"She wrote with a Parker 51 fountain pen with permanent black ink and if there was a mistake it had to be corrected with a razor blade."

One particularly event I witnessed was in the room dedicated to the analogue computing and the difference between analogue and digital numbers,electronics and computing. There was a family looking at the exhibits and saying to their daughter "I don't understand this, I can't explain it to you."
This made me sad, I didn't want to butt in or interfere,really wanted to say something but felt it wasn't my place to be explaining things to them, wasn't sure how they would feel about it. The labels and explanations of the interactives all seemed to be very clear and well written. I think the parents were just nervous of the new words and concepts and if they had looked at the exhibits more carefully and slowly they would have understood things fine.

Not going to go into detail about all the other exhibits in the museum,except to say it is a story of computing in the u.k from the second world war to almost the present day. It is not fancy but it is interesting.

Right round the corner to Bletchley park....

technical X3Prospero

Has anyone seen my satellite?

Sultans of Ping FC - Where me Jumper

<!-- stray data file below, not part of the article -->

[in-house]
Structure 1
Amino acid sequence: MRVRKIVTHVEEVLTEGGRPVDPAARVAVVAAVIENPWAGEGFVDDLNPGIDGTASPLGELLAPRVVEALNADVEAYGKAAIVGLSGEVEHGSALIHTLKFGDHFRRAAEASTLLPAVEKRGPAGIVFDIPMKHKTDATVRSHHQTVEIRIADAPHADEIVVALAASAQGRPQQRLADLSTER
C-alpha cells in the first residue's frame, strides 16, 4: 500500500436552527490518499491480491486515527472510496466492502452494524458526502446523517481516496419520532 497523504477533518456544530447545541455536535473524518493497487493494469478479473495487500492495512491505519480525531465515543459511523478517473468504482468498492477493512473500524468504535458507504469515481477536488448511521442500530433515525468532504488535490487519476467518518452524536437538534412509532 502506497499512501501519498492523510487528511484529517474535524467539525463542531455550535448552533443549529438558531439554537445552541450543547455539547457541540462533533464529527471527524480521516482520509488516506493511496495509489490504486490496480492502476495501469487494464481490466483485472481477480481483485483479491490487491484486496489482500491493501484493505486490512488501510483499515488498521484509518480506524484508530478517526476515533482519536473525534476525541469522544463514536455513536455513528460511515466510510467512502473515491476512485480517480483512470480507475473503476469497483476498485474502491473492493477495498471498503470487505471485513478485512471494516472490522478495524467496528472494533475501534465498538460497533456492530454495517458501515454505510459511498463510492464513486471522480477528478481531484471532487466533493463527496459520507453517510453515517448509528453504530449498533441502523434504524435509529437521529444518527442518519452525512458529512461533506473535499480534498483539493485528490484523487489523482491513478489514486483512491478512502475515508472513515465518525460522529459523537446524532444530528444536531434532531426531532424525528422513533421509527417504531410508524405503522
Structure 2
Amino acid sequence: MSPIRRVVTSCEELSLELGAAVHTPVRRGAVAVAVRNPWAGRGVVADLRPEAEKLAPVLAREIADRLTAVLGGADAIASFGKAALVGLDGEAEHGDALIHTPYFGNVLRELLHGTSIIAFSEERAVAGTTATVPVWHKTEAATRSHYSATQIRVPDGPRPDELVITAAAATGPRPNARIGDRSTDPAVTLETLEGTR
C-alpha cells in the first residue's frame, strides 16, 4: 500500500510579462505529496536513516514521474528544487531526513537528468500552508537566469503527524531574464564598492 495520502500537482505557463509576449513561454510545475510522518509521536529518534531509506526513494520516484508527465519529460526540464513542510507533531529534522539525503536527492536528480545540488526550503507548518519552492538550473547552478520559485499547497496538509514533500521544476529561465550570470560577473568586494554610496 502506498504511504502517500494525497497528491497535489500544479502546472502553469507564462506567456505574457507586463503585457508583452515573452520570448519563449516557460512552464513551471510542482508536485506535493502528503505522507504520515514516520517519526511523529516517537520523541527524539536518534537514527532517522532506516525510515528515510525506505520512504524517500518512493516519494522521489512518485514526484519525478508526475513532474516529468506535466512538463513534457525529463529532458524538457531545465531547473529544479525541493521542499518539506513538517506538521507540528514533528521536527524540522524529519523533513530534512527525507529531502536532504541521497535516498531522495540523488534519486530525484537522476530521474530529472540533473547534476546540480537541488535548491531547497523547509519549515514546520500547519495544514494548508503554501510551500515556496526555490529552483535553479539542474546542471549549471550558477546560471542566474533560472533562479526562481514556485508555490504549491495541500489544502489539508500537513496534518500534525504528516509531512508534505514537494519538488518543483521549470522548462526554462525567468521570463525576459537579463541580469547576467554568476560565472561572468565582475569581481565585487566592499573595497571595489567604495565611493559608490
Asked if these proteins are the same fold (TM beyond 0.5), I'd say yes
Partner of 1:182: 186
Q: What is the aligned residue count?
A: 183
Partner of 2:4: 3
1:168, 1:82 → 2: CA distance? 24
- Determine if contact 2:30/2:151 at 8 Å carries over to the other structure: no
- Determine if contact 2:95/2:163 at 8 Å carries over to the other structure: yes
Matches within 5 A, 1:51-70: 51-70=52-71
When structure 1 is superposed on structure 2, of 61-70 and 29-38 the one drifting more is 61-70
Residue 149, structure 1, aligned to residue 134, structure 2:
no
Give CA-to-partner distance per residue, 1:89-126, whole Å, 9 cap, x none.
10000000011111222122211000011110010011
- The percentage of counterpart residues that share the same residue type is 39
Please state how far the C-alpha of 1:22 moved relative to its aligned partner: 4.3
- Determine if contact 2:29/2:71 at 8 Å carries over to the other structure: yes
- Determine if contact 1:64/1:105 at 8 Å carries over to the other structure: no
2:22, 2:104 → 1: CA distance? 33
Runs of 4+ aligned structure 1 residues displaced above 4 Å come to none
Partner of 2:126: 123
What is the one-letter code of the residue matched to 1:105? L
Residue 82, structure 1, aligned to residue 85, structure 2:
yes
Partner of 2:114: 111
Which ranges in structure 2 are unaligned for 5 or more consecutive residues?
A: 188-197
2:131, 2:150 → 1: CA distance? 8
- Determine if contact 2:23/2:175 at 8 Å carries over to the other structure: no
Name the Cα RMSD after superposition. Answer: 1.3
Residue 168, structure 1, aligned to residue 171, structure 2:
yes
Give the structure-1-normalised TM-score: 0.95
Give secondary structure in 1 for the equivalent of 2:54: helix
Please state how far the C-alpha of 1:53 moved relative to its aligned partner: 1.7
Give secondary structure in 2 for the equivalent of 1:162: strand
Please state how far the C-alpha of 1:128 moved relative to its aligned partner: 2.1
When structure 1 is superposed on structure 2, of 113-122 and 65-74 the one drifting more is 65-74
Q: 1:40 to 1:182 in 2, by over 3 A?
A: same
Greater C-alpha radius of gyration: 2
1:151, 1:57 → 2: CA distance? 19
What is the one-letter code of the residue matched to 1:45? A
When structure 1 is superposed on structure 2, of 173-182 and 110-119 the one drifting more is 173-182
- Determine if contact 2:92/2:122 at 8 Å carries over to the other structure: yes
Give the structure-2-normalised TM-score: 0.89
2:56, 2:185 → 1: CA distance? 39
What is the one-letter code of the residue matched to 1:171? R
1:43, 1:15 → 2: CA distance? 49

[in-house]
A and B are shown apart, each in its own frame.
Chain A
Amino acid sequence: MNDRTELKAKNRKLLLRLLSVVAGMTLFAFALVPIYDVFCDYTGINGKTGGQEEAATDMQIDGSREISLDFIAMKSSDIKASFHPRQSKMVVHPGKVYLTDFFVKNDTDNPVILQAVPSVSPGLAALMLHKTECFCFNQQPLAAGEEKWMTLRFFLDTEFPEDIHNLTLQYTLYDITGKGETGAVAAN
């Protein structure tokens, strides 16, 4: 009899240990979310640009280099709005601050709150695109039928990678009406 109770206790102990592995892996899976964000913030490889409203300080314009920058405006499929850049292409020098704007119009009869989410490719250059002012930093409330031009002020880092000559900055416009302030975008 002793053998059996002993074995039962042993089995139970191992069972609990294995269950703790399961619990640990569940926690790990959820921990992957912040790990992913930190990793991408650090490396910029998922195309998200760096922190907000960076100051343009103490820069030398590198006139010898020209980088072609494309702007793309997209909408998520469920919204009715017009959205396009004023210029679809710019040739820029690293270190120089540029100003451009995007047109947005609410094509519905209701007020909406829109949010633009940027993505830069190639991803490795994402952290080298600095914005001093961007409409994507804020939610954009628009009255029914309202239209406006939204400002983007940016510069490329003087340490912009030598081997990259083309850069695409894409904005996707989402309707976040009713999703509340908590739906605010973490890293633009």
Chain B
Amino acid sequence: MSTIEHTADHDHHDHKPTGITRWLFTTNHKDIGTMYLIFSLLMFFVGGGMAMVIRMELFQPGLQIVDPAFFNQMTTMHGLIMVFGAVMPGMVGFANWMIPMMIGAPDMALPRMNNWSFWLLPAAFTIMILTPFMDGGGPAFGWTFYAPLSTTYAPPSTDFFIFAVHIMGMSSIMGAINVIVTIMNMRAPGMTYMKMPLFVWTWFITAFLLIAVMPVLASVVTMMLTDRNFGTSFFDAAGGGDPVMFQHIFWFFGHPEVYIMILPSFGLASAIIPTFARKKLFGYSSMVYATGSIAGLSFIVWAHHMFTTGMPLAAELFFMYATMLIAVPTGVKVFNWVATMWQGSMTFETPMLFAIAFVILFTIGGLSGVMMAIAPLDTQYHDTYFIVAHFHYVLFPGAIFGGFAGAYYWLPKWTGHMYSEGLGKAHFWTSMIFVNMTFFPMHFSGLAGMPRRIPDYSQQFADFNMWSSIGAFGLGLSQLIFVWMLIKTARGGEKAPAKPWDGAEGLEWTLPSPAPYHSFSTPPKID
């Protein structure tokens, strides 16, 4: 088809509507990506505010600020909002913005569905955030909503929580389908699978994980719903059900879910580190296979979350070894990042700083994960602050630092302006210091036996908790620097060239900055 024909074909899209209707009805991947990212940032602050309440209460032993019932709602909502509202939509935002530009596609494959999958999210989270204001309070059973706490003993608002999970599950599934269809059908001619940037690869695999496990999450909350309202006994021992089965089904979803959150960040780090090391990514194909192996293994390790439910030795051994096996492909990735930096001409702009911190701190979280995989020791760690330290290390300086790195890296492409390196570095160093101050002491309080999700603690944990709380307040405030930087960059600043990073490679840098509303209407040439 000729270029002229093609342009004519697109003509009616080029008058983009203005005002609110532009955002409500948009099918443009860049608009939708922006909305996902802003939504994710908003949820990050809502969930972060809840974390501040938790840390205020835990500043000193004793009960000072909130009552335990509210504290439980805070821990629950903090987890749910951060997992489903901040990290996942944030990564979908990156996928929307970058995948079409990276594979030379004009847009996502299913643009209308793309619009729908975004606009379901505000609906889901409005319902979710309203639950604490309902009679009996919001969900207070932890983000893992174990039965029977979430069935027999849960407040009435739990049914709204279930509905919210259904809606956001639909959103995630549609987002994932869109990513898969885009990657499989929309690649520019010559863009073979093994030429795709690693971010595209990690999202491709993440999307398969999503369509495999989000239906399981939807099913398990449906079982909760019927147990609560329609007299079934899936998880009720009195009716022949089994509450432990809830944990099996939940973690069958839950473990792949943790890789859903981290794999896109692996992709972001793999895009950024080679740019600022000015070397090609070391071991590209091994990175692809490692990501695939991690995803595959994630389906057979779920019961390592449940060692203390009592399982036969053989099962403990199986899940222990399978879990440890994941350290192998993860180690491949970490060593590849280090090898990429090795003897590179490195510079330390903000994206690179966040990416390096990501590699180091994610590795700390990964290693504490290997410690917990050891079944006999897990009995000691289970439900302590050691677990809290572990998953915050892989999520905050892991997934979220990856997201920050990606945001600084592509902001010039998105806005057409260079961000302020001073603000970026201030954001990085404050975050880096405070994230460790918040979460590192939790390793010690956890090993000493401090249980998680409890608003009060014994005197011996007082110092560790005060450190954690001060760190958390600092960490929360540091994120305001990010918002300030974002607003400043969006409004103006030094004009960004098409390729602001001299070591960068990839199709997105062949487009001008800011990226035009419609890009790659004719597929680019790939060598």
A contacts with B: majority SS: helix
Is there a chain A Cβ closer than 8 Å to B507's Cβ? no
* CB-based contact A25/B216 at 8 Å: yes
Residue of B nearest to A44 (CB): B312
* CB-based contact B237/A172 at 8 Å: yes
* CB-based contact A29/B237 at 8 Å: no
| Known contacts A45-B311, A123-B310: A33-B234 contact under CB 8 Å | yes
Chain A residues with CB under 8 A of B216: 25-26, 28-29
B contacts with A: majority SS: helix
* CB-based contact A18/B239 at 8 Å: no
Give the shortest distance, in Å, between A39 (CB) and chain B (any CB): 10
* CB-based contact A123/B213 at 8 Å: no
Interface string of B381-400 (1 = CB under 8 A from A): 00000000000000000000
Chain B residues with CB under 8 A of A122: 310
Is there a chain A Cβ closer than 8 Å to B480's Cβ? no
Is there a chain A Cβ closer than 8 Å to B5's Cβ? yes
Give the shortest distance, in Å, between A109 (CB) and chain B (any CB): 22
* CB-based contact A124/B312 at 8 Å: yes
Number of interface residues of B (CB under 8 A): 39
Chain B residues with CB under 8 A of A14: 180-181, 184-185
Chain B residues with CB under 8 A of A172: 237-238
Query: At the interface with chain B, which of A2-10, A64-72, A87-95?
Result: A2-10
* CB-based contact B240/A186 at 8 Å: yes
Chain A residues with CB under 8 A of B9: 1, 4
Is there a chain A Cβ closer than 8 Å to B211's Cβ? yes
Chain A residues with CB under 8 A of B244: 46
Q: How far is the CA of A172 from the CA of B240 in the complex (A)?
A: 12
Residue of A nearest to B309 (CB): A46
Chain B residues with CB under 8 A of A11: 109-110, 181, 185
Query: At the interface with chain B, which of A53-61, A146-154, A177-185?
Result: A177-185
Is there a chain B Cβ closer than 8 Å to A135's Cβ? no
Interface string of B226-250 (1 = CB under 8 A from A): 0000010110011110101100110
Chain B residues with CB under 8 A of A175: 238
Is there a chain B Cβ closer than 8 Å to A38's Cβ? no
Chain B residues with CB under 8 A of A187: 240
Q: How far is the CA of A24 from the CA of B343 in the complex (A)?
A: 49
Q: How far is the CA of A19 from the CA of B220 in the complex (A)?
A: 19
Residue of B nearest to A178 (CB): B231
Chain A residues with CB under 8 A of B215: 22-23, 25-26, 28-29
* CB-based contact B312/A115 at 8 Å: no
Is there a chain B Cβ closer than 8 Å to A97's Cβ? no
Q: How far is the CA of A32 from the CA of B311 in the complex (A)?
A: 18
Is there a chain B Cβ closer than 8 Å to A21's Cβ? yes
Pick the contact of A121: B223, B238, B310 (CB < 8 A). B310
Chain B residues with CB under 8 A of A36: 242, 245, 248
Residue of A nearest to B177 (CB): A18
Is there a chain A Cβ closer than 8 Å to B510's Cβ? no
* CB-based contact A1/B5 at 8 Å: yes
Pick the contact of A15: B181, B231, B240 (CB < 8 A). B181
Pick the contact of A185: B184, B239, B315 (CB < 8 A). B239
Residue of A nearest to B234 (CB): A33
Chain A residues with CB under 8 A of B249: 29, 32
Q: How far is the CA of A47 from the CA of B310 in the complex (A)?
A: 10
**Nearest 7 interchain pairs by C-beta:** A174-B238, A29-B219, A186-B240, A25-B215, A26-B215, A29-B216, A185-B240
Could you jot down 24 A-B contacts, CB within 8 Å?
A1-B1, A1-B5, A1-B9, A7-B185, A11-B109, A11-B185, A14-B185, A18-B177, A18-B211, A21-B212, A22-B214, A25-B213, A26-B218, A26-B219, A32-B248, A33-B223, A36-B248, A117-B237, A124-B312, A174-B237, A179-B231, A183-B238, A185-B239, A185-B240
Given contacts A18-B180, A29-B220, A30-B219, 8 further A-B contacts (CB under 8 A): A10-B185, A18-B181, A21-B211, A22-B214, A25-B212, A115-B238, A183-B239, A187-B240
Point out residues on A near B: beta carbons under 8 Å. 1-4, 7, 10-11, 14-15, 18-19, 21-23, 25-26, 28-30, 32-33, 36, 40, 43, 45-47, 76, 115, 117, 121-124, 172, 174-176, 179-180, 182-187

As someone who is prone to losing jumpers and can never remember where i put my keys it might seem a bit ambitious to try and find a satellite, but I'm going to try.

Here's the plan, in fact here are both the plans.  in fact here are all the plans mostly.  When I first thought of this project, after coming up with this idea of making Prospero X3 tweet my next thought was is it actually possible?  The answer to after a quick search on the internet  was yes. Using or other similar sites its easy to find the position of pretty much any satellite that is in orbit around the earth.

For a few minutes my plan was to use that or a similar website, scrape the data from it and feed that to a twitter bot. I couldn't  write a twitter bot yet but twitter bots exist so writing one probably wasn't going to be that hard.  All in all I figured that scraping the data and writing the twitter bot could be done in a weekend or two. i could put my feet up, have a cup of coffee and cake, look back  at  the work i'd done then move on to the next thing.

Then it hit me. Prospero X3 was as far as I was aware a dead satellite, it wasn't transmitting it position back continuously,  the display was being updated  in real time so it wasn't done through observation.  It must be possible to work out where satellites are in space,that is cool and  this is when I started falling down the rabbit hole.

So far I've discovered Two Line Elements, Kepler's Laws of planetary motion, SGP4, Lagrange points and even how Astronauts go to the toilet.  It started off with buying Dr Lucy Rodgers book Its Only Rocket Science   and when I wanted to get a bit more technical Fundamentals of Astrodynamics and Applications  .